Posted by Teshia Treuhaft
| 15 Jan 2015
Over the last few months, the hot topic of conversation among myself and my female startup friends (and a number of male friends too) has switched from the usual suspects of Shinola, YikYak, Casper etc to an unlikely pick: the New York-based underwear company Dear Kate.
Dear Kate's marketing campaign for their Ada Collection—an underwear line taking its namesake from famed programmer Ada Lovelace—sent a controversial ripple through the press last August in response to its use of high ranking women in tech as underwear models. The small but outspoken company responded publicly to the criticism of 'setting back women in tech' with the hashtag '#notcontroversial,' backed by overwhelming social media support via photos from their devotees outfitted in the company's wares (and not much else).
The incredible devotion of Dear Kate users combined with the ability to strike just the right marketing cord has pushed them into the spotlight, often overshadowing the not-to-be underestimated design and technology credentials of their product. Admittedly, I had mixed feelings about the brand following the launch of the Ada collection, however the quality of their products and attention to the needs of their target audience wins me over every time. As their recent Kickstarter campaign for their new line of yoga pants proves, Dear Kate is doing something very right. The yoga pants use the same Underlux technology as their underwear and solve a number of sensitive issues for their users, unabashedly tackling everything from panty lines to incontinence. I caught up with CEO and Founder Julie Sygiel to shed some light on designing the yoga pants, Underlux technology and outspoken marketing.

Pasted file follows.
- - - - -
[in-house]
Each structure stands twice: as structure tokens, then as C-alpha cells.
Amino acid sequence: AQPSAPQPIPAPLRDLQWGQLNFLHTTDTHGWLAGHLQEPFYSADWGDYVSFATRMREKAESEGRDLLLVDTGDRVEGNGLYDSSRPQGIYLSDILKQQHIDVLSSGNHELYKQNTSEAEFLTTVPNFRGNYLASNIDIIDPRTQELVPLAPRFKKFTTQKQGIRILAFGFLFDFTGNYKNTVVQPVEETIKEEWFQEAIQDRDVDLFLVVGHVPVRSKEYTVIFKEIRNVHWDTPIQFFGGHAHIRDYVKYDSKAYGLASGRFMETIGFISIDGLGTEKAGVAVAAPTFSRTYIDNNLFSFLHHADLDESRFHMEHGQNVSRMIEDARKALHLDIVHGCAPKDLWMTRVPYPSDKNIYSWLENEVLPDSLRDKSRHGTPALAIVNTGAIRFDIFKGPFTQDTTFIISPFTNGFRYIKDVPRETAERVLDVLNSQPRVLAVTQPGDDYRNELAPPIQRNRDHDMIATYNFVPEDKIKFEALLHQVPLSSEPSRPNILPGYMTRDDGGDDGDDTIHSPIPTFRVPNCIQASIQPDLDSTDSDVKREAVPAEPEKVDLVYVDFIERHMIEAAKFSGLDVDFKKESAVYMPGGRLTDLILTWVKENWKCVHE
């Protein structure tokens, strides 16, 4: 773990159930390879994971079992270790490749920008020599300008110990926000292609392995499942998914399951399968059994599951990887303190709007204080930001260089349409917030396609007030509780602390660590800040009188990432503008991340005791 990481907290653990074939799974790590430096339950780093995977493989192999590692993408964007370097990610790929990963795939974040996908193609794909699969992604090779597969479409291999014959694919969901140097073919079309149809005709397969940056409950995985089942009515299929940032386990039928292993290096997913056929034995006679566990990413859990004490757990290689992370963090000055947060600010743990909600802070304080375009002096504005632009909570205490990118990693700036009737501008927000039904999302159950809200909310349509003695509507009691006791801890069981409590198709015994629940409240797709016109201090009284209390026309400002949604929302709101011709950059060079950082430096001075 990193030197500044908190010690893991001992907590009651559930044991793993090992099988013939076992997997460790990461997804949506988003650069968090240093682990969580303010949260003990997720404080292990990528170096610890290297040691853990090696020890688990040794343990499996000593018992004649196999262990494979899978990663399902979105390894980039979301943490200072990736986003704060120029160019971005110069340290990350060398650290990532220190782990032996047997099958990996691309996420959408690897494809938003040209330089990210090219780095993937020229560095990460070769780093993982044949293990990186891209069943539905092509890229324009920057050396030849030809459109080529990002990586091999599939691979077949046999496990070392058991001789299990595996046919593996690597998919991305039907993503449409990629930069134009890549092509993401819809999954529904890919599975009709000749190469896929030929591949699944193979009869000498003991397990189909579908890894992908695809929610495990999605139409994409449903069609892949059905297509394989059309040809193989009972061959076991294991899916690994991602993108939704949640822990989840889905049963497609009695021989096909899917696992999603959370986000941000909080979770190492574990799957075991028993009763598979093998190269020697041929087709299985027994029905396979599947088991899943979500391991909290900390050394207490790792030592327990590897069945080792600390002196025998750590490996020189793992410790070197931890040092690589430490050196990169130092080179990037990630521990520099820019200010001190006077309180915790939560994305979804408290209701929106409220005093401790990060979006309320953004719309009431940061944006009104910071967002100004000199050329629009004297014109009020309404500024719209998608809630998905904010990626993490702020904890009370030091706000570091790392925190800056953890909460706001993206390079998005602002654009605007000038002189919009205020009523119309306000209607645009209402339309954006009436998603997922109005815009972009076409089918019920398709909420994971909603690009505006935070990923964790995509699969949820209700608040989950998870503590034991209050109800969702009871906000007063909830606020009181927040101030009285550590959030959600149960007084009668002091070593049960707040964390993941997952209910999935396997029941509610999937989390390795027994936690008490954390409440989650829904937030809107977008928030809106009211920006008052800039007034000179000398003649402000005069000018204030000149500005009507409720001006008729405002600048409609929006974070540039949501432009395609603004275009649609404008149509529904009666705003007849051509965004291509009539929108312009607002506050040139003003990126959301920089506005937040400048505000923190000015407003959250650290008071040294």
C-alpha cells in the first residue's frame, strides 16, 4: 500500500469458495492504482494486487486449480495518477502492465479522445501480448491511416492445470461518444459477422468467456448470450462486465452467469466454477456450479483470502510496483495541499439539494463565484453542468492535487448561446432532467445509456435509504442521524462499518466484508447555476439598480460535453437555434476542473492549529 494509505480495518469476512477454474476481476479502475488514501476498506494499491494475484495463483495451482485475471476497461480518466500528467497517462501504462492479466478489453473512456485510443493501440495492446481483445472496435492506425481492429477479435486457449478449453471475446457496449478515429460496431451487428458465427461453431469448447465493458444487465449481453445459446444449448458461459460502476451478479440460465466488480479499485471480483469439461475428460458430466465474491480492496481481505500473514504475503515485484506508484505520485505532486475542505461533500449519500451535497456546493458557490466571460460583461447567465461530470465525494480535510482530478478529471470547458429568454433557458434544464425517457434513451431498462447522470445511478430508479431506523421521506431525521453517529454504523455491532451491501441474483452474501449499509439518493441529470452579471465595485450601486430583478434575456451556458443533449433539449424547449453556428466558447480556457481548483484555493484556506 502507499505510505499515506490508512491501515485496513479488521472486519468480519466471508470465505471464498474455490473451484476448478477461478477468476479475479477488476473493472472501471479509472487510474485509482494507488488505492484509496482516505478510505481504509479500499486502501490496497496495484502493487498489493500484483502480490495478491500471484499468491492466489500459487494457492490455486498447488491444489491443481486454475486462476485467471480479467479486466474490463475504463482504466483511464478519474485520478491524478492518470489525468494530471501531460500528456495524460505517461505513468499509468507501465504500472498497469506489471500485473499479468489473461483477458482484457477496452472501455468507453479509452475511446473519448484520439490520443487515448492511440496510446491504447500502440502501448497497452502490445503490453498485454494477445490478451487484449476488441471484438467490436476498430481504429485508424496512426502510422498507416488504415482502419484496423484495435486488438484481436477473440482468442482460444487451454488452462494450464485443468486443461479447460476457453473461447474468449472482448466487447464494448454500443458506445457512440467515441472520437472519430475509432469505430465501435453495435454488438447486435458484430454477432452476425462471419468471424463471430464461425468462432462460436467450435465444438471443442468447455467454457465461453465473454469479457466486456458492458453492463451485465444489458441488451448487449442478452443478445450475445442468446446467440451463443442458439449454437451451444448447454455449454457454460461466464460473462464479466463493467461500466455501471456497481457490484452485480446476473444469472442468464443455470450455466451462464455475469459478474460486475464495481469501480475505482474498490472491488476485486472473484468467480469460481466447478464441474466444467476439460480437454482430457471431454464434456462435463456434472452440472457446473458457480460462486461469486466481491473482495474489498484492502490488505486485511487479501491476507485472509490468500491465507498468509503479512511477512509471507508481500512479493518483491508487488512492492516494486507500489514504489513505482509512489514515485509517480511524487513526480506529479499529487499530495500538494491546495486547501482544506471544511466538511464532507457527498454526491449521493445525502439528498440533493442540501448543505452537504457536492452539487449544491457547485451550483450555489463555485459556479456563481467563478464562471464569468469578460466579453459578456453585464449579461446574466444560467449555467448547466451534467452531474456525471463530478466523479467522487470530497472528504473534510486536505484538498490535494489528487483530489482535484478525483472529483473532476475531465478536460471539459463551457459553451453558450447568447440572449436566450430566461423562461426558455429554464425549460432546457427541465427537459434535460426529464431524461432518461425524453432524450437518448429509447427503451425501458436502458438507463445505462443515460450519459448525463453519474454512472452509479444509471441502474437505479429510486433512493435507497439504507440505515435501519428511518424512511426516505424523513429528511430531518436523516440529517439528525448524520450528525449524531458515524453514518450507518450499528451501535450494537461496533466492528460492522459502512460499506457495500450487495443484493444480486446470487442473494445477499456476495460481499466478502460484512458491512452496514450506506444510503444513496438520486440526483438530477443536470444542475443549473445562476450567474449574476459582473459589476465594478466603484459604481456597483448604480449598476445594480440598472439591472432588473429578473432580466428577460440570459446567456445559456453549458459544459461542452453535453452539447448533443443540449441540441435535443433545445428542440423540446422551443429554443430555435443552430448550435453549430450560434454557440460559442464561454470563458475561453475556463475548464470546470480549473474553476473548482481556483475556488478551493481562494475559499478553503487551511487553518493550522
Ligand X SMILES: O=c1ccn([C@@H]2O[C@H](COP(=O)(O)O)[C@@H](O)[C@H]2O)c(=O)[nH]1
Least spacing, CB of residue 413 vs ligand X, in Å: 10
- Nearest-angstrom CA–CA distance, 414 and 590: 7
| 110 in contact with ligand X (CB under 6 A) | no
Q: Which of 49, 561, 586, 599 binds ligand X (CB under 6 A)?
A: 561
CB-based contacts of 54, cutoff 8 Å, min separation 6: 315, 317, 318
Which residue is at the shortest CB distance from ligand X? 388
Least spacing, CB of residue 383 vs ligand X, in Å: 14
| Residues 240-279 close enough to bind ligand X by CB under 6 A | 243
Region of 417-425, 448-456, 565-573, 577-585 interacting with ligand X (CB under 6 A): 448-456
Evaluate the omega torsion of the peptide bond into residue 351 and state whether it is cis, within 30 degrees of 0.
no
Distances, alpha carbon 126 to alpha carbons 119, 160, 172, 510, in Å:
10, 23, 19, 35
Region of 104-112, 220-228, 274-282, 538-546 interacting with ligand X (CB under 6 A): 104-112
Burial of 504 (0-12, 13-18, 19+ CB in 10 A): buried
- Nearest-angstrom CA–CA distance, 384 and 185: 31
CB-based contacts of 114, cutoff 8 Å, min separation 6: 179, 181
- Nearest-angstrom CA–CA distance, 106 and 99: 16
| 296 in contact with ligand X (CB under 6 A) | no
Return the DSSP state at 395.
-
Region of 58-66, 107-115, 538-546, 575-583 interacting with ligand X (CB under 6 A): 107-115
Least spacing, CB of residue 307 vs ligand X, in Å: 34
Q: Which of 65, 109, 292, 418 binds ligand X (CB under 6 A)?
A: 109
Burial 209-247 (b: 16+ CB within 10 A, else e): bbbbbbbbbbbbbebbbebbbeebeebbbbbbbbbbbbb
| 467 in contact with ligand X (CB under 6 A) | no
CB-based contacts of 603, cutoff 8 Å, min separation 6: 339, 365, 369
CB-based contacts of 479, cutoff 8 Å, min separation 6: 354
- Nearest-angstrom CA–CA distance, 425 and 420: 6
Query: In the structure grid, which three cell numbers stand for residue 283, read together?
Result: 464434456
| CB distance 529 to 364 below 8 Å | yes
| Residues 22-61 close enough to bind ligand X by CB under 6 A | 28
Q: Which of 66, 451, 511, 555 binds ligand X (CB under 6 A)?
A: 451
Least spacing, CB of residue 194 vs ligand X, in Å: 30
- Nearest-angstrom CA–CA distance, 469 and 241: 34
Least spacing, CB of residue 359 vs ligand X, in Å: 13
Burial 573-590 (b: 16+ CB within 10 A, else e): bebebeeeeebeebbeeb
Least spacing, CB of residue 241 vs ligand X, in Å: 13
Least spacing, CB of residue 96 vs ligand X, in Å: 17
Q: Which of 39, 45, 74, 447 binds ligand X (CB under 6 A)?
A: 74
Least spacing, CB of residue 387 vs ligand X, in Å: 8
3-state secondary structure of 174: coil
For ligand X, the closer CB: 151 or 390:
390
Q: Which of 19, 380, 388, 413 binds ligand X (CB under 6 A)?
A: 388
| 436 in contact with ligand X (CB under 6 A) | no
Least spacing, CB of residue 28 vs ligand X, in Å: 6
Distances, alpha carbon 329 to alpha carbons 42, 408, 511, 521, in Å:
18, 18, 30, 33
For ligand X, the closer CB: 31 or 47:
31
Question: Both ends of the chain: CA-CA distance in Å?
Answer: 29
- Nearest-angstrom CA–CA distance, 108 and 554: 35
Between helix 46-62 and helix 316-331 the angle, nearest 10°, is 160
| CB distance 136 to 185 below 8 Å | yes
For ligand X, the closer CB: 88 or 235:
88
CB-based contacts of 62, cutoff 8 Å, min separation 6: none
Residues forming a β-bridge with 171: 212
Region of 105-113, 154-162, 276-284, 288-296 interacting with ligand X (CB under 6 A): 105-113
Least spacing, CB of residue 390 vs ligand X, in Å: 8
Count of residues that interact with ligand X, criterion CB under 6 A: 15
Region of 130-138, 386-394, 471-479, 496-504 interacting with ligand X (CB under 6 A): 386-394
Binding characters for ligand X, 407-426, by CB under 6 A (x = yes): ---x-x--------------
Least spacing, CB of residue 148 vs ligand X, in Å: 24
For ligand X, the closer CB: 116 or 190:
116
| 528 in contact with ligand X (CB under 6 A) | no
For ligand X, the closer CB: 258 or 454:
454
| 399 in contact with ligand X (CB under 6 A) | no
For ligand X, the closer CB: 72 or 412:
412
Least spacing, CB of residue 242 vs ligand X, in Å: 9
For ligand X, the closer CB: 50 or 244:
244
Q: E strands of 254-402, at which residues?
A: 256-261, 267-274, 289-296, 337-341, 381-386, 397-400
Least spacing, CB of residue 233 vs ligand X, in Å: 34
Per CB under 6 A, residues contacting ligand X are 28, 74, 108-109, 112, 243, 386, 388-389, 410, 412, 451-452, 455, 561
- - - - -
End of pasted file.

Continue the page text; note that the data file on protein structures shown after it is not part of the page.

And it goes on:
Core77: What's the history of Dear Kate?
Julie Sygiel: The business plan for Dear Kate was hatched in my college entrepreneurship class. At first it was a fun, unique idea (especially given that our class was 80% male), and then the longer we worked on it, the more committed I became to actually creating the underwear. Studying chemical engineering in school gave me the confidence to dive in and start learning about technical fabrics. Once I got started, it snowballed into collaborating with textile development teams at fabric manufacturers to create Underlux. Instead of having to totally outsource product development, my science background allowed me to be the one guiding everything from the fabric to the designs to the construction and fit of the product, which is something that I continue to be very involved in today as we develop new products.
How has your background influenced the trajectory of the company?
Aside from my technical background, I've always had an interest in fashion and feminism. I was also a Girl Scout for 12 years and sold over 10,000 boxes of Girl Scout cookies so the notion that I could create and then market a product that is fashionable, plus make women's lives easier, was a dream come true. It checked all of my boxes in a way that I didn't know was possible and just felt "right." Once I started working on the business idea, it was addictive and became all I thought about.